The faces of Malaysia in China singing Chinese songs and amazing the Chinese worldwide are not Chinese at all.
They are the faces of true Malaysians, who do not identify themselves with any race because of what their parents are, what the DNAs are or what their MyKad says.
Shila Amzah first opened the doors when she won the top prize in the show in Asian Wave in 2012.
Now, the ages have gotten younger and even those who do not speak Chinese or not listen to Chinese songs can only be astounded and amazed by the vocal abilities of Lee Pei Ling, 15, and Adinda Tasya Mansor, 11, in singing the songs in Chinese, a language which is not easy to master when singing.
They sing the Chinese songs so well, that they are winning the Chinese TV reality shows, in a country of 1.4 billion of Chinese people.
Now, there is speculation that Lee is of the top six in Sing! China formerly known as 2016 The Voice of China, the unofficial Chinese version of the US hit The Voice.
None of these Malaysian talents look Chinese and no one can really tell what they are, despite their Malay or Chinese names. In their MyKads, Syila and Adinda would be Malays, and no one is really sure of Lee’s origins before she was adopted by Chinese parents.
One can only concede that this is the face of a Malaysian, for it proves that your child becomes what you teach them what they are and precipitate that idea their life throughout.
Beside them, we also have many cases of Malays who can speak Tamil. And many of the younger generations have made Malay their mother tongue, for that is what we have been taught in national schools.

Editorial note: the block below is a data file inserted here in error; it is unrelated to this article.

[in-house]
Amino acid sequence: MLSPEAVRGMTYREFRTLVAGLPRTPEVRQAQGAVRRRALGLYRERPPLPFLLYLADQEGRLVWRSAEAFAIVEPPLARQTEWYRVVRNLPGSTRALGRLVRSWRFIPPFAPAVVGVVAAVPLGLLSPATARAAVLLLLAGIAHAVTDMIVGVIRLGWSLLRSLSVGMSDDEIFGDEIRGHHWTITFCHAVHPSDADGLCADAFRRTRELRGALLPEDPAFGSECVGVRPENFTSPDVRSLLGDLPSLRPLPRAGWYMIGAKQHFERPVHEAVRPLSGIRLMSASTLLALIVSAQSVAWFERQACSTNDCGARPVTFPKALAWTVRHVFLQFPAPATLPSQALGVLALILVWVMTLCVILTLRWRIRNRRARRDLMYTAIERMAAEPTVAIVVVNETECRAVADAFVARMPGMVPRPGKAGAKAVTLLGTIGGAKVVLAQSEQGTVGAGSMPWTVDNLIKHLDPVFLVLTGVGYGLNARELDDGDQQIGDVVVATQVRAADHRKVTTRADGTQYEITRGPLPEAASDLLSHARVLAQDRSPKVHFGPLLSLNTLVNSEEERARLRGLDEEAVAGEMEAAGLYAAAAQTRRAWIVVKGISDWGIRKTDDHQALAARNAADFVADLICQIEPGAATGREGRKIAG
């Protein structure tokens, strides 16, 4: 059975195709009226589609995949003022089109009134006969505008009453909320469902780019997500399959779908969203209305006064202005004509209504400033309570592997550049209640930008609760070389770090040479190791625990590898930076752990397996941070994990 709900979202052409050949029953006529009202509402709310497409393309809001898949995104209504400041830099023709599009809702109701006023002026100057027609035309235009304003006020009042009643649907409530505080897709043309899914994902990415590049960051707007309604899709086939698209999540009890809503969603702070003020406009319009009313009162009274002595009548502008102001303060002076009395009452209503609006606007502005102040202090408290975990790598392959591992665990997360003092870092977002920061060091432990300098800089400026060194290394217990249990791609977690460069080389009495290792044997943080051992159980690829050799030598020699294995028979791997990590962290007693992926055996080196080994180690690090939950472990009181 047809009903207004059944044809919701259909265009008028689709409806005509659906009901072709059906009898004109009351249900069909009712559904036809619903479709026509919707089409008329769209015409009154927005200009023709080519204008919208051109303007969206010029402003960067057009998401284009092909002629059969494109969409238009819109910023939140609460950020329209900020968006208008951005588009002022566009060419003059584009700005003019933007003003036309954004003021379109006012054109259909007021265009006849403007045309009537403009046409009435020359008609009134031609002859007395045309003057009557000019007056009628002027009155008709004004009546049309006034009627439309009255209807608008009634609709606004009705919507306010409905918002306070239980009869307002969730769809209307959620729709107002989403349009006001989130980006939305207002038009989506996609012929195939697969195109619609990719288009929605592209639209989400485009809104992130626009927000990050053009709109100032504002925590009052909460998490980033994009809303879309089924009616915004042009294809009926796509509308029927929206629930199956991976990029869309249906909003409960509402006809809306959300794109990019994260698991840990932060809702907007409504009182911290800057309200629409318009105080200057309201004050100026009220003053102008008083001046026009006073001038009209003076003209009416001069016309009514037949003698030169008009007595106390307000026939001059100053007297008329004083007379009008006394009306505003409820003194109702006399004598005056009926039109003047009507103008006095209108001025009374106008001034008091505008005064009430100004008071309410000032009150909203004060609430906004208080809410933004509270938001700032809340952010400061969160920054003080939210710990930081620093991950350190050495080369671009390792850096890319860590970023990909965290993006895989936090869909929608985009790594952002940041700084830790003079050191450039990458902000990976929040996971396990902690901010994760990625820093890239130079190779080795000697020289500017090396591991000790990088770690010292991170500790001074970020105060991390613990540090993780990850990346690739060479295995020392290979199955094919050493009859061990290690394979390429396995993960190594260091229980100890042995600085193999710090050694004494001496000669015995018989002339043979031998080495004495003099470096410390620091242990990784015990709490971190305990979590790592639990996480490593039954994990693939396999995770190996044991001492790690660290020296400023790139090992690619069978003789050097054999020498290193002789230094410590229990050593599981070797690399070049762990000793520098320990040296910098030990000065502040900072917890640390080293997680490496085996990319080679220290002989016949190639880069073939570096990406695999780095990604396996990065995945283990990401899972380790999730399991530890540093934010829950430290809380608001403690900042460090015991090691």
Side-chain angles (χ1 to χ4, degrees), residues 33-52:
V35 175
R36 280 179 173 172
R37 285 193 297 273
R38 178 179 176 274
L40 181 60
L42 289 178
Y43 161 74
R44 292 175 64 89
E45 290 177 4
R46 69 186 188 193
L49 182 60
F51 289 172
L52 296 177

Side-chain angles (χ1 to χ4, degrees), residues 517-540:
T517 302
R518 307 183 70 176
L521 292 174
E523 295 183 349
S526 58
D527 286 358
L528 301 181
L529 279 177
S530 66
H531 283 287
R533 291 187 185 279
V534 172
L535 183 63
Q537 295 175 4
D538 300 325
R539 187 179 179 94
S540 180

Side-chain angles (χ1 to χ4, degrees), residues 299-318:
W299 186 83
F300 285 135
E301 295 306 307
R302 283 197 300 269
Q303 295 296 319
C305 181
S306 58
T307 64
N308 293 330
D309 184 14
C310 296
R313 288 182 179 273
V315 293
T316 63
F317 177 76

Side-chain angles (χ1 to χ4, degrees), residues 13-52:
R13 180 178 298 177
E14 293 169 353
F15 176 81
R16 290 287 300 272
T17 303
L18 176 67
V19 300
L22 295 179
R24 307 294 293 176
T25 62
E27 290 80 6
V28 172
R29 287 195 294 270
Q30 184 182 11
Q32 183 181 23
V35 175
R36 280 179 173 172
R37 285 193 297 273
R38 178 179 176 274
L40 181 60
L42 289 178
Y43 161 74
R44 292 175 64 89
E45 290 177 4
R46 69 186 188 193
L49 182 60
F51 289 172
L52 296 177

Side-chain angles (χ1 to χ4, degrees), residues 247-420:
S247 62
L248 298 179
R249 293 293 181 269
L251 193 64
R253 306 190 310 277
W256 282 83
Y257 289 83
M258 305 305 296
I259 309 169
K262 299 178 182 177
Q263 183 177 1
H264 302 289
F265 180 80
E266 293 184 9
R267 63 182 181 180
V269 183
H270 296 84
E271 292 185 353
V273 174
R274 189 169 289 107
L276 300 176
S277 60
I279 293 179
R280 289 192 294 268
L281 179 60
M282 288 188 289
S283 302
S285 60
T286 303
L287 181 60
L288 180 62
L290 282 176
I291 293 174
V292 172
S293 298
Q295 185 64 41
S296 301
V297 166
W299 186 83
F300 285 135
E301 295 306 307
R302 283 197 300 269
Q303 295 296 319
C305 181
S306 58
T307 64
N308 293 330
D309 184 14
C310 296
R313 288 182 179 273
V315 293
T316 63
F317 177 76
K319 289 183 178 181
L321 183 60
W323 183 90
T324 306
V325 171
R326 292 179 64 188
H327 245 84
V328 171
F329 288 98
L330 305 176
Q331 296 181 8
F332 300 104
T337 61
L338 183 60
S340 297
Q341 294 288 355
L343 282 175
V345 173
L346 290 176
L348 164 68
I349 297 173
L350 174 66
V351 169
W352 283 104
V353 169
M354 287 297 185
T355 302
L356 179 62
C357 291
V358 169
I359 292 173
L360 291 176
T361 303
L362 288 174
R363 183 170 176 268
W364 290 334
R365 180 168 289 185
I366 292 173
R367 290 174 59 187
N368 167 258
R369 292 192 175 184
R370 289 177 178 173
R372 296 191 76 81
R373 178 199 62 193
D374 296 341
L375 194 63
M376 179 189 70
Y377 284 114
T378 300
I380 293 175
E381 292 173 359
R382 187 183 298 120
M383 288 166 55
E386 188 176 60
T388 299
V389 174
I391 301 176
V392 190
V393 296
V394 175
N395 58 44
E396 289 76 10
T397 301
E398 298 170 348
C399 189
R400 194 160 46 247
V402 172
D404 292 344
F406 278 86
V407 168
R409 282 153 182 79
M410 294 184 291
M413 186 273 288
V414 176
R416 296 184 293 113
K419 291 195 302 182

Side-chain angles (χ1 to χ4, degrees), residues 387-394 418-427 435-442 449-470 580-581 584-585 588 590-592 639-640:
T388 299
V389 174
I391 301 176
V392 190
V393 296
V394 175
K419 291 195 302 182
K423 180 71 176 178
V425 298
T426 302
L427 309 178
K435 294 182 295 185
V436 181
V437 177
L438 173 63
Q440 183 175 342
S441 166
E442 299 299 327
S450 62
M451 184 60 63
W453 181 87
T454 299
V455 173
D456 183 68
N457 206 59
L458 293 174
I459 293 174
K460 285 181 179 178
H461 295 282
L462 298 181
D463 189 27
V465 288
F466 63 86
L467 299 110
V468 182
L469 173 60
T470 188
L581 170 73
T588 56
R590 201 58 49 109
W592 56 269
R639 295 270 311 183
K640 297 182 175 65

However, no matter what language they speak, they do not take on the culture or mannerisms of that race, they are just simply Malaysian, as one can see from Syila, Adinda, Lee and most of the younger Malaysians.
It also proves that children can take on any race they want to be or be just a human being with no race attached, only if the authorities and the society stop harping on the need for every Malaysian to have a race to identify with.
While the politics in this country is completely race driven, what with race-based political parties being the root of the ruling coalition ever since Malaysia was born, it is sad to see many of us insisting that our children identify with a certain race, even when they are from mixed marriages.
This is made worse when parents are given no choice but to write that down in all their official forms in school and community.
Perhaps it is time again for the idea to abolish race on all official forms be revisited, so that the faces that represent us to the world on the world stages are truly Malaysian, not only in heart, but also officially.
Zakiah Koya@The Heat Malaysia Online